[Editor’s Note: This guest post was submitted by Stephen Sorenson, who enjoys a double life as a tech professional and a real-estate developer.  He and his wife have operated a vacation rental property development and management business since 2003 called Classy Cabins AZ. In this article, he attempts to make the case for investing passively in vacation properties. While I’m not sure I was convinced, I think it is a worthwhile conversation to have, so I’ve turned it into a bit of a Pro/Con post. We have no financial relationship.]

Pro: Vacation Rentals Are a Great Investment

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As a busy professional, you may have little time to spend as an active investor.  Whether it’s doing research in the stock market or bond market or looking at real estate, there is a substantial time commitment.  Even the time necessary to meet with financial advisors, then weed through their offerings to decide if they are for you is heavy.  It’s also a fact that you should invest as early as you can to let the magic of compounding work.  And then invest regularly.  It all adds up to quite a bit of time and energy.

Fortunately, now is a great time to be interested in “passive” investments as there are many more choices than there used to be.  In fact, you can find ways to invest passively in nearly any asset class from stocks and bonds, to durable equipment, to various kinds of real estate.  There have been big changes in many markets as technology advances.  In the stock market equities field, there are now fully automated systems that allow you to place money in the system, and just let it do what it does after you indicate some basic preferences.  Or, you can simply invest in index funds or ETFs.  But, if the stock market just isn’t your cup of tea, perhaps real estate is better.  It’s been said a zillion times, but it’s true; more wealth has been amassed through real estate than through any other class of asset.

Recently there has been a spate of changes in nearly all real estate markets.  For active investors, and for passive investors supporting those activities, fix & flips, fix & hold, and other strategies are immensely popular.  How many other kinds of investments have so many reality TV shows devoted to them? But popularity brings with it a lot of players.  Competition always puts pressure on returns and today, that kind of investment is extremely competitive with billions of dollars of both domestic and foreign money snapping up properties and bidding up the prices as they go.  So, what happens when a particular segment gets really crowded?  Investors start looking for other places to do what they do.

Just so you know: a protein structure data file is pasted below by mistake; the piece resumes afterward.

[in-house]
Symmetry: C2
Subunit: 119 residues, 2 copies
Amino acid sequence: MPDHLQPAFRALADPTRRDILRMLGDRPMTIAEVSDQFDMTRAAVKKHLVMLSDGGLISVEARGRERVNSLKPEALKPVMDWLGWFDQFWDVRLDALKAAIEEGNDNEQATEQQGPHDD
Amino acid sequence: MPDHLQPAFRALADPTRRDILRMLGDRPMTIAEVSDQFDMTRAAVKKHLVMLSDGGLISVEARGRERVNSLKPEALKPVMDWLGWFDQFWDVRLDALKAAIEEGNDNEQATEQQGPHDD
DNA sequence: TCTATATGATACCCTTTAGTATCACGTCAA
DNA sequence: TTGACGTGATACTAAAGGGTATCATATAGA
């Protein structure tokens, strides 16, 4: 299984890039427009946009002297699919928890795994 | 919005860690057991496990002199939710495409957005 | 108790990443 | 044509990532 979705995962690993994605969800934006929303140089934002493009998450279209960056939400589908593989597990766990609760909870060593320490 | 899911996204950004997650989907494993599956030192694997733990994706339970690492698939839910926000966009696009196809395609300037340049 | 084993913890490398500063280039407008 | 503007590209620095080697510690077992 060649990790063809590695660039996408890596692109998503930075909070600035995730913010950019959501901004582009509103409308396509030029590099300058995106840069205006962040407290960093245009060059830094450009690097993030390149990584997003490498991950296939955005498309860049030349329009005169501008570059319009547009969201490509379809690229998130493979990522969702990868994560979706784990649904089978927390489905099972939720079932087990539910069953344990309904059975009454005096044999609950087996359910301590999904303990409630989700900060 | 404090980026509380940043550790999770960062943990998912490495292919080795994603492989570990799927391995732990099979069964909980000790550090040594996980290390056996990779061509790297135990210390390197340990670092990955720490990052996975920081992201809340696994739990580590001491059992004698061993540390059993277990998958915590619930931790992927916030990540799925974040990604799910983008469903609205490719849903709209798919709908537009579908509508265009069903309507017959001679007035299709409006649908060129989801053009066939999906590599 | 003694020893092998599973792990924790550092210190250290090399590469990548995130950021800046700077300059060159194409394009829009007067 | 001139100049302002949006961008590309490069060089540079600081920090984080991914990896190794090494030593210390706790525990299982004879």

Vacation Rental Market Trends

In just the past dozen years, vacation rental properties have undergone huge and fundamental changes, and just in the last few years have attracted the attention of investors of all stripes and sizes from Mom & Pop to Institutional investors.  What’s happened?  What’s driving the changes?  And more importantly, are there great opportunities there?

Rise of the Internet

Our business started 14 years ago with our first vacation rental cabin.  At the time, near the Grand Canyon, there were 14 listings on the first large vacation rental site, VRBO.com.  With the advent of the internet and world wide web came the ability for the owner of a vacation property to list it online – and that was a HUGE change. Before that, if you had a vacation rental you marketed it by letting travel agents know, and by posting signs and maybe newspaper ads.  But the internet changed everything in that market as in so many others.  While VRBO was one of the first and the biggest site at the time, many more would appear as internet access became ubiquitous and speedy.  A group of smart investors started HomeAway.com, which purchased VRBO, and several other listing sites.  Flipkey started up, then was snapped up by TripAdvisor.  And Airbnb, now the 800 lb gorilla of the vacation rental market is a household name all over the world. In our area, there are now 1400 vacation rental properties, a 100-fold increase, but with changes in demand, the inventory is still constrained.

Surge in Supply and Demand

With the changes making access to vacation rentals easier came expanded marketing efforts by the listing sites and by individual owners.  The market for vacation rentals has surged.  It’s become so big that hotel marketing websites are almost all carrying vacation rental listings alongside their hotel listings.  Most travelers now consider vacation rentals a viable alternative to hotels, and a large and growing segment of travelers prefer vacation rentals when they travel.  During the last real estate bust, a large number of vacation homes suddenly became unaffordable for their owners. A large number of those owners chose to try renting the homes out rather than lose them to the bank.  Some investors even decided to buy up houses during the downturn and re-purpose them as vacation rentals.